• Tinx Newton

Charles I, collector of art in troubled times

Charles l - King and Collector

at the Royal Academy, London until Sunday, April 15.

Charles I, by Anthony van Dyck,

The first half of the 17th century was a fairly turbulent time for England and its neighbours, and presiding over England, Scotland and Ireland for 24 of those years was Charles l. As a king he gets mixed press, as an avid art collector who gathered together some magnificent work by the most esteemed painters and sculptors, he gets full applause. During his reign (1625 to 1649) he assembled one of Europe’s most extraordinary collections and by the time of his death he had amassed an incredible 2,000 paintings and sculptures.

The current exhibition at the Royal Academy, Charles l - King and Collector, in partnership with the Royal Collection Trust, was curated by Per Rumberg, (Curator at the RA) and Desmond Shawe-Taylor (Surveyor of the Queen’s Pictures). Sponsored by BNY Mellon, this is a wonderful exhibition well worth waiting for and celebrates the work of truly brilliant artists such as Anthony van Dyck, Rubens, Holbein, Veronese and Titian. A whole gallery is devoted to the magnificent Triumph of Caesar by Andrea Mantegna, and in anther room, the Mortlake tapestries hold a mysterious beauty of their own.

Charles l - King and Collector was five years in the making, partly due to the far flung distribution of some of the acquired works. 140 major works have been reunited for the first time since the 17th century, and there is great relief in the art world that these works exist at all for, after Charles I’s execution in 1649, his collection was put up for sale and consequently dispersed throughout Europe. After the ‘Cromwellian years’ many of these works were retrieved by Charles ll during the Restoration, and some are now in collections such as the Louvre and the Museo Nacional del Prado.

In this beautifully curated exhibition at the RA, we learn that Charles l was an almost obsessive art collector. In 1623, two years before he came to the throne, his interest by a visit to The Habsberg Collection in Vienna where he bought a number of works. He went on to acquire the esteemed Gonzaga Collection, gathered by the Rulers of Manua and then travelled across Europe, gathering wonderful works of art, while back home there was increasing unrest amongst the people.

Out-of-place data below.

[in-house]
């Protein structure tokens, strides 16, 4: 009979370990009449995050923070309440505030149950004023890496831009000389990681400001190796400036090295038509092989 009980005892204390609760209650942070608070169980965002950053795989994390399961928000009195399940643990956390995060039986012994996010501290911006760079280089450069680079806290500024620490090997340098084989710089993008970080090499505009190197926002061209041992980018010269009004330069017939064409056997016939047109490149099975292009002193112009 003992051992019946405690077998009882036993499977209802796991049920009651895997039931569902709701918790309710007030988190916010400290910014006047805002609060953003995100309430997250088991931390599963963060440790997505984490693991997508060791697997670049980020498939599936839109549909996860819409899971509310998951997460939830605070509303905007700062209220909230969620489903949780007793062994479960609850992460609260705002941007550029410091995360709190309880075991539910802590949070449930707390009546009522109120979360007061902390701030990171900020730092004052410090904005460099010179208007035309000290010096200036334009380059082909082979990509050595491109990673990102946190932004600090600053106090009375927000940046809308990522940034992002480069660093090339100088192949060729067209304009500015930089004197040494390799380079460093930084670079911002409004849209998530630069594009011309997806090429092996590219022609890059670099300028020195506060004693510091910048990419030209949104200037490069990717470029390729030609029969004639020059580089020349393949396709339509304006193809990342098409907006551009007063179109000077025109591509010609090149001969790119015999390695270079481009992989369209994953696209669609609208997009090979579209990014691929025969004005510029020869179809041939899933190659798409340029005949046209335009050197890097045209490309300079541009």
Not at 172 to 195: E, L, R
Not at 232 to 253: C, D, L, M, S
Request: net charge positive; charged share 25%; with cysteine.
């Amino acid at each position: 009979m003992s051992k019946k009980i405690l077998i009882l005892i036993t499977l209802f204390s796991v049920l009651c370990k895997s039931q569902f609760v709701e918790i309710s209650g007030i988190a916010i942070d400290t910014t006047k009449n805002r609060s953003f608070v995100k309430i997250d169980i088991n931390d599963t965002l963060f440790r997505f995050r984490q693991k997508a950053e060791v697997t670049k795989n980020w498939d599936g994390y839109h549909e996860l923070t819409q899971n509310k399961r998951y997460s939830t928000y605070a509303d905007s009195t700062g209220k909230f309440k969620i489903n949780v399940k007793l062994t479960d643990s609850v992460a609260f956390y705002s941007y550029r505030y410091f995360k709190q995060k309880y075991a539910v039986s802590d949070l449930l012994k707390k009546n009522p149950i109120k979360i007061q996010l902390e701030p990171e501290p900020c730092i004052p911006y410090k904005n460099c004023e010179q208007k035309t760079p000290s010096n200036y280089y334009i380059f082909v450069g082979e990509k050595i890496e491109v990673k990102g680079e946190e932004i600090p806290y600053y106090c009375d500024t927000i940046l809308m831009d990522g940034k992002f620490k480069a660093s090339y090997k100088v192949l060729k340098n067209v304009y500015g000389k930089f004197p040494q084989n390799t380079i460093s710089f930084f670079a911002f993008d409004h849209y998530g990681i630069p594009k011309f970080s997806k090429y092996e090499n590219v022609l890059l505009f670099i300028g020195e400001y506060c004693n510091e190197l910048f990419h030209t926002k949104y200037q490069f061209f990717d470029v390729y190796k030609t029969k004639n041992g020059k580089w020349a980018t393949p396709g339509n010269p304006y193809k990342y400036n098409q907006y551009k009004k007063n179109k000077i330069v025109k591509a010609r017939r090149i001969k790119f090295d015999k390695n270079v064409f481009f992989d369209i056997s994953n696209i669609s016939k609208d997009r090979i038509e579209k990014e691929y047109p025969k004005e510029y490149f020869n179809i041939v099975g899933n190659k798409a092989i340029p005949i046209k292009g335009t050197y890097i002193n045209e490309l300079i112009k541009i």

While civil war simmered, Charles l loved to have his portrait painted, initially by the Netherlandish artist Daniel Mytens who was appointed in 1625 as ‘one of our picture drawers’. As court artist, Mytens introduced a new elegance and grandeur into English portraiture, especially in his full-length work, and he was the dominant painter at court until the arrival of van Dyck in 1632. It is van Dyck’s paintings that dominate this exhibition and his monumental portraits of the King and his family are fantastic in their size and vital historical detail. His beautiful Italian sketch book is fascinating to view - it was accepted in lieu of Inheritance Tax and given to the British Museum in 1957 and is in fine condition. These very personal and much loved sketch books give such a rich insight into an artist’s thoughts and way of working.

Charles l married Henrietta Maria, the daughter of Henry lV of France, in 1625, just a few months after he came to the throne. She was just 15, and amongst their many surviving children were two sons, the future James II and Charles II. In Gallery Vlll we see the Queen’s own art collection which was held at her main residence, Somerset House. Her pictures feature strong and powerful women - The Finding of Moses by Orazio Gentileschi, and Judith with the Head of Holofernes by Cristofano Allori being two such examples.

Further highlights in the exhibition include the celebrated Mortlake tapestries of Raphael’s Acts of the Apostles, arguably the most spectacular set of tapestries ever produced in England. Also on display is the inventory of Charles l’s art collection as compiled by Abraham van der Doort, a fascinating book that provides details of the artistic tastes within the King’s circle.

Charles l: King and Collector includes over 90 works lent by Her Majesty the Queen from the Royal Collection. Rather conveniently, just down the road, an exhibition at the Queen’s Gallery, Buckingham Palace, called Charles ll: Art & Power is showing at the same time. After over a decade of austere Cromwellian rule following the reign of Charles l, the restoration of the monarchy in 1660 led to a resurgence of the arts in England. The court of Charles II became the centre for the patronage of leading artists and the collecting of great works of art, which served as decoration for the royal apartments and also as a means of glorifying the restored monarchy. A visit to both these exhibitions gives the whole glorious picture of the art collections of two fascinating kings, and a better understanding of life under unsettled rule in 17th century England.

Charles 1: King and Collector at the Royal Academy, London, until Sunday, April 15, 2018. Tel: 0207 300 8090

Charles ll: Art and Power at The Queen’s Gallery, London, until Sunday, 13 May 2018.

Review: Tinx Newton

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